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Friday, August 1, 2008

Where In The World?

Geotagging puts a new spin on how to track photos

This Article Features Photo Zoom

GiSTEQ PhotoTrackr
where in the world

Microsoft Expression Media 2

Sony GPS-CS1
An interesting solution is the ATP Photo Finder, which works like a GPS logger, but sidesteps having to use a computer. You can insert your SD or Memory Stick card into the Photo Finder, which instantly geotags the photos. When you upload your images from the memory card, the GPS information is already stored in the EXIF data.

We’ve heard informally from several camera manufacturers that GPS functionality may be integrated into future camera models, making geotagging an automatic process in digital photography. That technology is still a ways off, however.

There are software programs that allow you to geotag images without GPS information, making it more like looking at a map and pinpointing your exact location from memory, which is less effective. With programs like Google Earth and Microsoft Virtual Earth, you can look at a 3-D representation of where you took an image and find its exact location, adding a new dimension to the memory of photos. You also can share your geotagged images with friends and family by uploading them to websites like Flickr, Picasa and SmugMug, all of which have geotagging functionality.

A Selection Of GPS Units
The Garmin eTrex Vista HCx is a handheld GPS unit capable of handling the elements and guiding you through unknown terrain. It logs your travels for easily geotagging images. The unit is waterproof and features a 256-color screen that’s easy to read, a barometric altimeter that tracks changes in pressure and a microSD card slot. You can plug in optional preloaded microSD cards with MapSource data. It runs on two AA batteries and weighs 5.5 ounces. Estimated Street Price: $250.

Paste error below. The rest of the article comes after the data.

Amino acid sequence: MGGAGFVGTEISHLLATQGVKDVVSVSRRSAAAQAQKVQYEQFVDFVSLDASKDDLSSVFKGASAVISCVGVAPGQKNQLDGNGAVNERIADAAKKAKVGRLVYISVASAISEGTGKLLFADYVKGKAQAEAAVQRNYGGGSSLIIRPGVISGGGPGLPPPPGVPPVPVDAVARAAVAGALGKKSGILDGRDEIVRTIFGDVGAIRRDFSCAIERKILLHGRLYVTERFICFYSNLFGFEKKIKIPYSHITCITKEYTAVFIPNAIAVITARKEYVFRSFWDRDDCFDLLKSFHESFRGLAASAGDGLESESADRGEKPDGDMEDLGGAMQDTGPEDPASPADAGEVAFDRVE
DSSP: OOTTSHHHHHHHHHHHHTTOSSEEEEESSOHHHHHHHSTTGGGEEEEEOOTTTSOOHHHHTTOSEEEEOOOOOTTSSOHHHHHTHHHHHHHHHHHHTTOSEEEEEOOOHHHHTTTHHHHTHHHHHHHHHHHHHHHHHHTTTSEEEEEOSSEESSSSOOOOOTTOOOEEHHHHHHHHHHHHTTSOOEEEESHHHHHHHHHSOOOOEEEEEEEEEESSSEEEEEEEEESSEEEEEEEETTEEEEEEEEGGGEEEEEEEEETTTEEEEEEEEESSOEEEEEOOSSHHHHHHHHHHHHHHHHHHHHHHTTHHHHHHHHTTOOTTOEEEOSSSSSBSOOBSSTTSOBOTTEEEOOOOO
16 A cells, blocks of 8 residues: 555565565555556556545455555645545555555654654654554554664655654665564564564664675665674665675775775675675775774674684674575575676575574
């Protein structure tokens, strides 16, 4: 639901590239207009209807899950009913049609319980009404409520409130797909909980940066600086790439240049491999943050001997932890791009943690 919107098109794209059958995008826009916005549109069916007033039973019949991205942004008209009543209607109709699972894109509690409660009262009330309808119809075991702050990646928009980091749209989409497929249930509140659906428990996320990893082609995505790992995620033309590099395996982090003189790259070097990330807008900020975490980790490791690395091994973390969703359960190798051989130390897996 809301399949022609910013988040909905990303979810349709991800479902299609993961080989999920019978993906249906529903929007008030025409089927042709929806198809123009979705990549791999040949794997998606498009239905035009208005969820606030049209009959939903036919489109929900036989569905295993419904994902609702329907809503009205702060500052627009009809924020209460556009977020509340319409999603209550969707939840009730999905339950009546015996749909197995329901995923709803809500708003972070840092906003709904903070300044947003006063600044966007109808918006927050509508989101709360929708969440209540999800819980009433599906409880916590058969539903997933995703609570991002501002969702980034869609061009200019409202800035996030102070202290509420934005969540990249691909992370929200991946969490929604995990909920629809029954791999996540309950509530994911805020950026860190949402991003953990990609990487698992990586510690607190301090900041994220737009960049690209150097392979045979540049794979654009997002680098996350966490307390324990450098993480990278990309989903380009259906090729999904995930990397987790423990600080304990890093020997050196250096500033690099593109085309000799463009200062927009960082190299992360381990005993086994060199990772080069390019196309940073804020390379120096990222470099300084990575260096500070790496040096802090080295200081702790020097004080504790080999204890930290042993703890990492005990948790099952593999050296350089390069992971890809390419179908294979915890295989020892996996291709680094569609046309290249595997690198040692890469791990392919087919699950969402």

The GiSTEQ PhotoTrackr is a pocket-sized GPS logging device that geotags photos by syncing with the camera’s clock and using software to track location information. The unit features integration with Flickr, Google Maps, SmugMug and software capable of writing GPS data into the metadata. The PhotoTrackr is powered by a rechargeable lithium-ion battery and weighs 2.4 ounces. Estimated Street Price: $100.

Lowrance’s iFINDER Expedition C features a unique Scout Mode that lets you mark area perimeters and find borders on the color unit. There’s a built-in electronic compass, barometric altimeter with weather predictions and microphone for recording notes to waypoints. An SD/MMC card slot lets you upload new maps and data. The unit is weatherproof with a watertight seal, weighs 8.6 ounces and runs on two AA batteries. Estimated Street Price: $275.

The Magellan Triton 2000 offers an all-in-one solution for outdoor photographers who need navigation, plus a few other helpful functions. Features include touch-screen navigation, a 2-megapixel camera, voice recorder, LED flashlight and SD memory card slot for integrating maps and other data. The unit has an electronic compass and built-in barometer to help you judge weather changes. It runs on two AA batteries and weighs 8 ounces. Estimated Street Price: $450.

The Sony GPS-CS1 is specifically designed to geotag images. It works with all digital cameras, regardless of manufacturer, calculating and recording the time, date and location of your photos when the camera’s clock is synced. The device uses a function called TRACE, which shows your travel route along with picture locations. The Picture Motion Browser software geotags photos. It runs on two AAs and weighs 2 ounces. Estimated Street Price: $125.

ATP Electronics
(408) 732-5000
(800) 800-1020
(714) 255-9287
Google Earth
(734) 453-0300
(800) 324-1356
(800) 707-9971
Microsoft Expression Media

Microsoft Virtual Earth
(877) 865-SONY


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